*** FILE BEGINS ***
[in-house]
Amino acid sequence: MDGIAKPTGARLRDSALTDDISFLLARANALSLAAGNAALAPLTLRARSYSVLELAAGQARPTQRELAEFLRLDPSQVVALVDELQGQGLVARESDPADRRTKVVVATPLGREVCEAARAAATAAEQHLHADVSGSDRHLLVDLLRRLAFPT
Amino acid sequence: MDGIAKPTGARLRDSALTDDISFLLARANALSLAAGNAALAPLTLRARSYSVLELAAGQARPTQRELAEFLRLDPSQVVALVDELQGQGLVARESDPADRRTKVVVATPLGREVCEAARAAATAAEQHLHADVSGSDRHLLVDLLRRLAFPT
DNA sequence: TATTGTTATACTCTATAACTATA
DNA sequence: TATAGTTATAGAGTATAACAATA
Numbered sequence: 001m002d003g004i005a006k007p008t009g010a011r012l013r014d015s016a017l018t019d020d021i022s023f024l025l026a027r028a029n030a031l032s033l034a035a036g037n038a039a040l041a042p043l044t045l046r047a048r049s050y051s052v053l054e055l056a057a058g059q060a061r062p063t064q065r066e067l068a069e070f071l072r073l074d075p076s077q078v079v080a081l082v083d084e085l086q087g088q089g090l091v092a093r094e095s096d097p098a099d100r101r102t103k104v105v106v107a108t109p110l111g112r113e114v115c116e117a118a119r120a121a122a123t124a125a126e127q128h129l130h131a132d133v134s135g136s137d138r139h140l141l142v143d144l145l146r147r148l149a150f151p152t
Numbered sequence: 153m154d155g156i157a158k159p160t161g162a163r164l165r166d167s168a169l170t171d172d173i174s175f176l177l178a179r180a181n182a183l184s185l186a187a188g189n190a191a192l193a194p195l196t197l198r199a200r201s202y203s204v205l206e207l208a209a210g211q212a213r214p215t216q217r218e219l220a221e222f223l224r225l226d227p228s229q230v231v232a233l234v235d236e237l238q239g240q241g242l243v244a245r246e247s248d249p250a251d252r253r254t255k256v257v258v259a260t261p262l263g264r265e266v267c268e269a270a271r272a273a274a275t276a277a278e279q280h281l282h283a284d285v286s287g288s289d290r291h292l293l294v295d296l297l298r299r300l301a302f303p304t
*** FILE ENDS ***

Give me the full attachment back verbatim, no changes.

[in-house]
Amino acid sequence: MDGIAKPTGARLRDSALTDDISFLLARANALSLAAGNAALAPLTLRARSYSVLELAAGQARPTQRELAEFLRLDPSQVVALVDELQGQGLVARESDPADRRTKVVVATPLGREVCEAARAAATAAEQHLHADVSGSDRHLLVDLLRRLAFPT
Amino acid sequence: MDGIAKPTGARLRDSALTDDISFLLARANALSLAAGNAALAPLTLRARSYSVLELAAGQARPTQRELAEFLRLDPSQVVALVDELQGQGLVARESDPADRRTKVVVATPLGREVCEAARAAATAAEQHLHADVSGSDRHLLVDLLRRLAFPT
DNA sequence: TATTGTTATACTCTATAACTATA
DNA sequence: TATAGTTATAGAGTATAACAATA
Numbered sequence: 001m002d003g004i005a006k007p008t009g010a011r012l013r014d015s016a017l018t019d020d021i022s023f024l025l026a027r028a029n030a031l032s033l034a035a036g037n038a039a040l041a042p043l044t045l046r047a048r049s050y051s052v053l054e055l056a057a058g059q060a061r062p063t064q065r066e067l068a069e070f071l072r073l074d075p076s077q078v079v080a081l082v083d084e085l086q087g088q089g090l091v092a093r094e095s096d097p098a099d100r101r102t103k104v105v106v107a108t109p110l111g112r113e114v115c116e117a118a119r120a121a122a123t124a125a126e127q128h129l130h131a132d133v134s135g136s137d138r139h140l141l142v143d144l145l146r147r148l149a150f151p152t
Numbered sequence: 153m154d155g156i157a158k159p160t161g162a163r164l165r166d167s168a169l170t171d172d173i174s175f176l177l178a179r180a181n182a183l184s185l186a187a188g189n190a191a192l193a194p195l196t197l198r199a200r201s202y203s204v205l206e207l208a209a210g211q212a213r214p215t216q217r218e219l220a221e222f223l224r225l226d227p228s229q230v231v232a233l234v235d236e237l238q239g240q241g242l243v244a245r246e247s248d249p250a251d252r253r254t255k256v257v258v259a260t261p262l263g264r265e266v267c268e269a270a271r272a273a274a275t276a277a278e279q280h281l282h283a284d285v286s287g288s289d290r291h292l293l294v295d296l297l298r299r300l301a302f303p304t